Children with Depression - A sad and angry bunch

Childhood depression is a very real fact. As our society struggles with more divorce, trauma, death, and deep financial despair our children fall victims to the chaos. Living with the chaos can result in legitimate clinical depression.

That is not to say that chaos has to exist for one to be depressed. Clinical depression does have biological basis and can strike at any time.

So often we adults think "My child doesn't cry all the time. They aren't isolated, hiding in their room, looking sad, whatever. They aren't depressed."

WRONG! Sad children do not mimic little sad adults. And unfortunately, the DSM-IV-TR® does not separate clinical symptomatology for adults versus children. So here are some specific symptoms and noted differences when evaluating children:

  • Instead of appearing sad and tearful, children are more likely to be irritable and cranky.
  • Though weight loss can occur in children, it is more likely they will simply not make expected weight gains.
  • Diminished interest or pleasure in all or most activities
  • Sleeping excessively or not sleeping at all
  • Difficulty thinking or concentrating
  • Recurrent thoughts of death or suicide

The above is not a complete list of criteria from the DSM-IV-TR®. However, it is a list that in my own experience are the symptoms you are most likely to see in children.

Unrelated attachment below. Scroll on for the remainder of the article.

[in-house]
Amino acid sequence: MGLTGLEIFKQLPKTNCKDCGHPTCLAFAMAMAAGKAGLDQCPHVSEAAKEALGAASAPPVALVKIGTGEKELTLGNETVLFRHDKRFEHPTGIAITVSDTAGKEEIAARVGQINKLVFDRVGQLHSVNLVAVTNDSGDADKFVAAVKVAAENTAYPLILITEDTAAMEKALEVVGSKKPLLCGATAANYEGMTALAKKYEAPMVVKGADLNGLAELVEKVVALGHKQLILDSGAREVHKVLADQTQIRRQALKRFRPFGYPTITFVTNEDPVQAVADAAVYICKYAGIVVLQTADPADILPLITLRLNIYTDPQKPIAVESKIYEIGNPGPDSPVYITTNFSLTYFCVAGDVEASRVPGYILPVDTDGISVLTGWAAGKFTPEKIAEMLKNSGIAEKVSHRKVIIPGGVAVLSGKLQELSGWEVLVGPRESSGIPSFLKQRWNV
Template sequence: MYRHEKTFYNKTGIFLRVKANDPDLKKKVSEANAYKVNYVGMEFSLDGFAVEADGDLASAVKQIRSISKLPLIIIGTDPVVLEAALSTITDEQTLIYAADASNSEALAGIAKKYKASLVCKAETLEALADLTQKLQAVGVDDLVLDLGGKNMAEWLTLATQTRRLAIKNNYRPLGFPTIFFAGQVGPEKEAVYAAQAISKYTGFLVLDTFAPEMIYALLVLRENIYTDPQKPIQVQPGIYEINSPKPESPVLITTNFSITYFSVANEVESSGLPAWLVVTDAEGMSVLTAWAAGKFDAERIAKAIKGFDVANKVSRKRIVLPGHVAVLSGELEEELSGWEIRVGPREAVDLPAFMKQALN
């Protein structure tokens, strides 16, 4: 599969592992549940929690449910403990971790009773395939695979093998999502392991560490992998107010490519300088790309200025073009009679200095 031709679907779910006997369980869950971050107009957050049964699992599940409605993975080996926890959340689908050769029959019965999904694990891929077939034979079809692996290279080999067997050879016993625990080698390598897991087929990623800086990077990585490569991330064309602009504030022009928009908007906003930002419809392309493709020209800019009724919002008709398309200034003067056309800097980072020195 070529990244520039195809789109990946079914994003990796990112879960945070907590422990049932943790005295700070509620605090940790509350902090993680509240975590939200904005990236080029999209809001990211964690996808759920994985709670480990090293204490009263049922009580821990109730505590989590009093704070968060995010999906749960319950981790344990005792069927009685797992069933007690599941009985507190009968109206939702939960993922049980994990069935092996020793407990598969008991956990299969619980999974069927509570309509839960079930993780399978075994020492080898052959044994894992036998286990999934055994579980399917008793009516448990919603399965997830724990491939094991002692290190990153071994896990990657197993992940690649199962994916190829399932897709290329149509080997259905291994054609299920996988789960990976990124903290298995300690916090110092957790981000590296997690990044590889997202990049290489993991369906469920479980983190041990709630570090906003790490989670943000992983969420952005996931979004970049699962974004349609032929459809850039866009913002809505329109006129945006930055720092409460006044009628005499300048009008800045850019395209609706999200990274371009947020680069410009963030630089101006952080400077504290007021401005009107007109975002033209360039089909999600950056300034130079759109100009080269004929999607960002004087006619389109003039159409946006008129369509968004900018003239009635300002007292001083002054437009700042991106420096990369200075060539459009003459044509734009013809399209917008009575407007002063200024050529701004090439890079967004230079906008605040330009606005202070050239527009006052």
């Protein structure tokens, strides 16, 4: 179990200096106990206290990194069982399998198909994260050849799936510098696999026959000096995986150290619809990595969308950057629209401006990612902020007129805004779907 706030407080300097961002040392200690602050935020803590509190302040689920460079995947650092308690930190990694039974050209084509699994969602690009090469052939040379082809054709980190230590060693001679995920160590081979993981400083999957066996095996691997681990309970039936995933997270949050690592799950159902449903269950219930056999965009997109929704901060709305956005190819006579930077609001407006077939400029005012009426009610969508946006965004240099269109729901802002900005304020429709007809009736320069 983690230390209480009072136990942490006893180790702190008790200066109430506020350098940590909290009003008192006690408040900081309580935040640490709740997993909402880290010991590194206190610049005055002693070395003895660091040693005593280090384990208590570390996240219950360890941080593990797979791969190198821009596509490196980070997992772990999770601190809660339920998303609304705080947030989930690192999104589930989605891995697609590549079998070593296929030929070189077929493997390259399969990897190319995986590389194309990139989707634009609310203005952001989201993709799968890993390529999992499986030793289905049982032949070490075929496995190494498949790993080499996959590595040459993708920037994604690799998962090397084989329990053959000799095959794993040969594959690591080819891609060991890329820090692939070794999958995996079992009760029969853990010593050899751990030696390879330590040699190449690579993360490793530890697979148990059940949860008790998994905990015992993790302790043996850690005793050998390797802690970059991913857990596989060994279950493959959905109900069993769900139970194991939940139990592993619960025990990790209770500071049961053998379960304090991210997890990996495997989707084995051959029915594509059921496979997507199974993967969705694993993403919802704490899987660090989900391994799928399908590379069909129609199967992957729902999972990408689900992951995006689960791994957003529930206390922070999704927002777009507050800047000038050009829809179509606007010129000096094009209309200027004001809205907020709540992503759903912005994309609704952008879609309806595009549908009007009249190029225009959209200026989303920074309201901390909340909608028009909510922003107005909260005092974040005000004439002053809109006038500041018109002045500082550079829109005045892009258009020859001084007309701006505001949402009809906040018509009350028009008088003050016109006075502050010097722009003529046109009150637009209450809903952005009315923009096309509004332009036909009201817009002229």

That said, I will say that most of the depressed kids I see at work appear angry. Flat out get in your face and tell you off angry! Sure, they might cry too, or have somatic complaints with no obvious basis. But mostly what they are is pissed off, frustrated, temperamental, edgy, you name it.

And - they can get that way at the drop of a hat over absolutely anything, no matter how small or insignificant.

But don't fear. Proper treatment for depression will help and restore hope. And proper treatment is necessary. Clinical depression is a legitimate medical, biological, chemical condition. No amount of therapy alone will change your brain chemistry. So you either have to consider medication, some drastic amounts of exercise, or other proven treatment option.

The most common treatment traditionally takes the form of medical intervention. However, there are also numerous alternative and complementary therapies that one can consider. For a generous compilation of ideas, including resources in various areas across the globe, visit Shared-Care.

I think it is important to note that sometimes these kids look like something else. Their anger might cause people (like school staff for example) to consider them defiant and emotionally disturbed. Their lack of focus coupled with lack of interest in activities might cause one to wonder about an Attention Deficit Disorder (ADD).

Be careful - it is very important to not only consider the obvious symptoms but also the family history. A person is up to 3 times more likely to suffer a major depressive disorder if they have a first-degree biological relative (ex. parent/child) who suffers as well.

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